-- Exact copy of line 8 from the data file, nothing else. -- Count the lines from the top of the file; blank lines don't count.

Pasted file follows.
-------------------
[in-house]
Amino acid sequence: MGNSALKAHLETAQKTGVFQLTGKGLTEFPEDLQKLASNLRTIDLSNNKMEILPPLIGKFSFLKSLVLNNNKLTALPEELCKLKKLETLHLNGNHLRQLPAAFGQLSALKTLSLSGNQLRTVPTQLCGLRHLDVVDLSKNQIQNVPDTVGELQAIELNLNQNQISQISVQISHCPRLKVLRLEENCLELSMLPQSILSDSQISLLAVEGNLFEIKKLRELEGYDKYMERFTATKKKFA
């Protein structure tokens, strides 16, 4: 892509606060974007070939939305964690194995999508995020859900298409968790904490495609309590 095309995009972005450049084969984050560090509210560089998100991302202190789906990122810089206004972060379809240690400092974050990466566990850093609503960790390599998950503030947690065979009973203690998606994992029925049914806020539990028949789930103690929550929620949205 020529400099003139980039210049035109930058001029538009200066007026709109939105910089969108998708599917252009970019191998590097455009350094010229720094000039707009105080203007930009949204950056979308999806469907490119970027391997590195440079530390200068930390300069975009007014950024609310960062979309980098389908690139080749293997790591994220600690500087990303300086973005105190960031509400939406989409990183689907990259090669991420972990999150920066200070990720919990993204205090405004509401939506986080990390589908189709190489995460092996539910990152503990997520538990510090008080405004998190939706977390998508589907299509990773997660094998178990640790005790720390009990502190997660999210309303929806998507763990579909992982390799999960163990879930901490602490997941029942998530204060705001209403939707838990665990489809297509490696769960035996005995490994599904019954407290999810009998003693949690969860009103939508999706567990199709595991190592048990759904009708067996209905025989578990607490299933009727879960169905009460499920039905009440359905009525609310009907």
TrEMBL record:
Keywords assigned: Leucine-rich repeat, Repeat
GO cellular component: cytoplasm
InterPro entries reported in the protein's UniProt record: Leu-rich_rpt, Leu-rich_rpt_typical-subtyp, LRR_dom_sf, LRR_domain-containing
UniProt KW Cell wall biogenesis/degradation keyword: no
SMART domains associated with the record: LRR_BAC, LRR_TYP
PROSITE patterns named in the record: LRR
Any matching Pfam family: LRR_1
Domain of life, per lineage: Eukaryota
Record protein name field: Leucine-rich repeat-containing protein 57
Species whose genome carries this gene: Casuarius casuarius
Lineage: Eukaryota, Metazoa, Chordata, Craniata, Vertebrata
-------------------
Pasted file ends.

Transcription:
UniProt KW Cell wall biogenesis/degradation keyword: no